I was watching Margitte Kristjansson’s documentary ‘The Fat Body (In)visible“. . .I’ve heard people talk about it, refer to it, and comment on it for months, but I never really got around to watching it myself until tonight.
One of the ladies being interviewed, Jessica (tangledupinlace), made a seemingly harmless comment that made me upset the more that I thought about it. She said “Fat style is one of the biggest ways I believe you can be political as a fat body.“ She went on to talk about how fat fashion is limited (thin girls have an entire mall to shop in while fat girls have one store of matronly, shaming clothes.) And it’s true–don’t get me wrong!
What I’m going to discuss is something I’ve seen go around tumblr for a while now. That many of the mouthpieces for Fat Activism are fatshionistas. They’re mostly white, generally on the smaller side of fat, still with thinner arms and legs, and they have the means and the money to dress impeccably whenever they’d like.
I know that as a white woman myself, I have a certain amount of privilege. But when it comes to fatshion–let’s just say I’m a disaster.
First of all, tipping the scales at a size 30/32, I struggle to find clothes that fit, and fit well. I know it’s an issue for all fat bodies, but even moreso when you’re on the larger end, as I am. I can’t squeeze myself into straight-size clothes. On the majority of the nicer plus size sites, the more attractive clothes always stop a size or two before mine.
And even if they had my size, I couldn’t afford them. On top of being a full time student while working a job that makes not much more than minimum wage, and living on my own in a state that has one of the highest costs of living, finding fresh new outfits, accessories, makeup, etc., to make a statement with my fat body is pretty low on my list of necessities.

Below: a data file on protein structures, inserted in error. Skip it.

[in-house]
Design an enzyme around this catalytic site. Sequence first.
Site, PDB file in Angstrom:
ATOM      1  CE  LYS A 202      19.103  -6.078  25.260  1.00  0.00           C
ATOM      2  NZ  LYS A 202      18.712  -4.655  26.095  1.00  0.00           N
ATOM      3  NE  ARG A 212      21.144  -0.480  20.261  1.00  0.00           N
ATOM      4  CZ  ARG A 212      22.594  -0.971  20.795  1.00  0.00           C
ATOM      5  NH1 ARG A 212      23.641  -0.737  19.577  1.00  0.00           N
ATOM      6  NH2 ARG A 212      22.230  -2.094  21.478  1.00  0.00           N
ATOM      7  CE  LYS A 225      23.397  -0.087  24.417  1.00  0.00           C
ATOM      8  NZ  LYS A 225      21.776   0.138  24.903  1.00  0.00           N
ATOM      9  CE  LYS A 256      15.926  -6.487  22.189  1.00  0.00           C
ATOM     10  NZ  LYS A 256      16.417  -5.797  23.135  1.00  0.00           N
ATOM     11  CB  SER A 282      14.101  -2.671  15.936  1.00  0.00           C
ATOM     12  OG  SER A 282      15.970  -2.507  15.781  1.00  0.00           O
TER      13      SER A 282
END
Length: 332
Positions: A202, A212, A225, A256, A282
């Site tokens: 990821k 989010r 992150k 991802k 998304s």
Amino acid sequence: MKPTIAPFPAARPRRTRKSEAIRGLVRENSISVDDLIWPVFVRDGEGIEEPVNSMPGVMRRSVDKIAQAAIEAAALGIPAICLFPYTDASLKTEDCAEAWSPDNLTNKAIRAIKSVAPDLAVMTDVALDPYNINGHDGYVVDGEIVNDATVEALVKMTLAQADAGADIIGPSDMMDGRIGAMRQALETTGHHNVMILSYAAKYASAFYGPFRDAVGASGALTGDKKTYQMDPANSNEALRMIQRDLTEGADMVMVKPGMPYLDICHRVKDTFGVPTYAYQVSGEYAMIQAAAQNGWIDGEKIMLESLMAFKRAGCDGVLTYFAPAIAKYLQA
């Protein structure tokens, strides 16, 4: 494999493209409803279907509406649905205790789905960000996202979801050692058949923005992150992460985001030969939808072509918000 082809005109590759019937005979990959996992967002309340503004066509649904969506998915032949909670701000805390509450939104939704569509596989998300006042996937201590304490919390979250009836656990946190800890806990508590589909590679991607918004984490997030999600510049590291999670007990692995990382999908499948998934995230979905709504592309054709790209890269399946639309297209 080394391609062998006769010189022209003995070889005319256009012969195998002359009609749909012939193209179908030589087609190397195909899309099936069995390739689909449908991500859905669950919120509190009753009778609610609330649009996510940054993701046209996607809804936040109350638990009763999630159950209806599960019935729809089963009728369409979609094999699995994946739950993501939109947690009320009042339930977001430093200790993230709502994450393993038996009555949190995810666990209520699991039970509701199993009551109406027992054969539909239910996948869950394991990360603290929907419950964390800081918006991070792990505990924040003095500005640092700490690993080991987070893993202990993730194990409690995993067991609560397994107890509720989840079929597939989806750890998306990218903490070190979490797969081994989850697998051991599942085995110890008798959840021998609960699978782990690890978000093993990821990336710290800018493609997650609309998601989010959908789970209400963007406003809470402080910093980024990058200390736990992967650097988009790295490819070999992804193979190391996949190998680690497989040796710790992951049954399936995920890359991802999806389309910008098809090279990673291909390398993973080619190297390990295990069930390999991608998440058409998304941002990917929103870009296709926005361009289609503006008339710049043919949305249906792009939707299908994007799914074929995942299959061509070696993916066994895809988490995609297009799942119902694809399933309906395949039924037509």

People suggest that I go thrifting. That I learn to make/alter my own clothes. I tried to take that suggestion. Cheap clothes? Hell yeah! And so I’ve gone thrifting, many times. And I’ve never found anything fashionable. If there’s only one store in the mall that I can go to that sells matronly, shaming clothes, imagine the ugliest of the clothes there, that wouldn’t even sell. That’s what’s waiting for me at a thrift store.
And making my own clothes? The last thing you want to do is put me near anything sharp or anything involving a pattern. I’m almost certain I have undiagnosed dyscalculia, and it makes me wary of anything involving measurements or patterns or long sets of instructions. Making things is just not one of my talents.
I make do with what I have, and I’ve come a very long way from where I used to be fashion-wise, but I get disheartened every time I see some of my followers post an OotD (outfit of the day) that are meticulously put together, pictures taken with expensive cameras and good lighting. Sometimes I think, what’s the point? My fashion’s nowhere near on par with that. No one’s going to take me seriously. No one’s going to notice me. I’m never going to be as visible in this movement as I want to be.
It makes me frustrated. All I really have is my simple blog (between here and my tumblr) and my words and my experiences, and more often than not, when I look at the people I respect and follow, that’s just not enough. It doesn’t compare. There’s nothing flashy behind the words. And so it makes me feel like a failure sometimes to the fat acceptance community. It makes me feel like I’m not being political enough, I’m not trying hard enough.
What I wear shouldn’t have to be relevant to the fight for all bodies to be accepted. I understand that a well-dressed fat body can be a big fuck you to a society that wants to demean fat bodies even down to the clothes that they wear. But it shouldn’t be as important as I’ve seen it be.
I guess sometimes I wish people would focus more on what people like me are saying and less what we’re wearing.
Or maybe I’m just blowing it out proportion. Who knows?